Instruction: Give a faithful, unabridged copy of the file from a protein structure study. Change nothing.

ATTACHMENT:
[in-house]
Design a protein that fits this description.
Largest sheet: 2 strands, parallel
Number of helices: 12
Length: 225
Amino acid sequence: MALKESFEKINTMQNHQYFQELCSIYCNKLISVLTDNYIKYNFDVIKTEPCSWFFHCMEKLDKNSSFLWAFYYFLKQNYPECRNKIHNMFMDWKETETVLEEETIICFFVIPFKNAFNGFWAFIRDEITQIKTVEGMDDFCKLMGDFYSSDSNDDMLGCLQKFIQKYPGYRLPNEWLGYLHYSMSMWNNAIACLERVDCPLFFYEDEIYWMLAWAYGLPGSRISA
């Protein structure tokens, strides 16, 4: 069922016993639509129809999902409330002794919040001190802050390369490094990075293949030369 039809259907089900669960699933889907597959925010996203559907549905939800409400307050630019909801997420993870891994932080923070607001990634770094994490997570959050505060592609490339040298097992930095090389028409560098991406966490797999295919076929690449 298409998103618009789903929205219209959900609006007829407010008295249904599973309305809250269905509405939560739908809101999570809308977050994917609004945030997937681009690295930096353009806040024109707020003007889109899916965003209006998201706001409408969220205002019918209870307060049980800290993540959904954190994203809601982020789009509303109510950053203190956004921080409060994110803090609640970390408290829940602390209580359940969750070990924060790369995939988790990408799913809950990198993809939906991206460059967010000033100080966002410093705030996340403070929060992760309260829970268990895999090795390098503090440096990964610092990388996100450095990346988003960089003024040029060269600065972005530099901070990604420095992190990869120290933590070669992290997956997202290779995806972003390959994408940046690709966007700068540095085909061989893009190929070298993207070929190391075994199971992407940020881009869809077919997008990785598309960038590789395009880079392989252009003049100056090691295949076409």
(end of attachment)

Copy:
[in-house]
Design a protein that fits this description.
Largest sheet: 2 strands, parallel
Number of helices: 12
Length: 225
Amino acid sequence: MALKESFEKINTMQNHQYFQELCSIYCNKLISVLTDNYIKYNFDVIKTEPCSWFFHCMEKLDKNSSFLWAFYYFLKQNYPECRNKIHNMFMDWKETETVLEEETIICFFVIPFKNAFNGFWAFIRDEITQIKTVEGMDDFCKLMGDFYSSDSNDDMLGCLQKFIQKYPGYRLPNEWLGYLHYSMSMWNNAIACLERVDCPLFFYEDEIYWMLAWAYGLPGSRISA
């Protein structure tokens, strides 16, 4: 069922016993639509129809999902409330002794919040001190802050390369490094990075293949030369 039809259907089900669960699933889907597959925010996203559907549905939800409400307050630019909801997420993870891994932080923070607001990634770094994490997570959050505060592609490339040298097992930095090389028409560098991406966490797999295919076929690449 298409998103618009789903929205219209959900609006007829407010008295249904599973309305809250269905509405939560739908809101999570809308977050994917609004945030997937681009690295930096353009806040024109707020003007889109899916965003209006998201706001409408969220205002019918209870307060049980800290993540959904954190994203809601982020789009509303109510950053203190956004921080409060994110803090609640970390408290829940602390209580359940969750070990924060790369995939988790990408799913809950990198993809939906991206460059967010000033100080966002410093705030996340403070929060992760309260829970268990895999090795390098503090440096990964610092990388996100450095990346988003960089003024040029060269600065972005530099901070990604420095992190990869120290933590070669992290997956997202290779995806972003390959994408940046690709966007700068540095085909061989893009190929070298993207070929190391075994199971992407940020881009869809077919997008990785598309960038590789395009880079392989252009003049100056090691295949076409």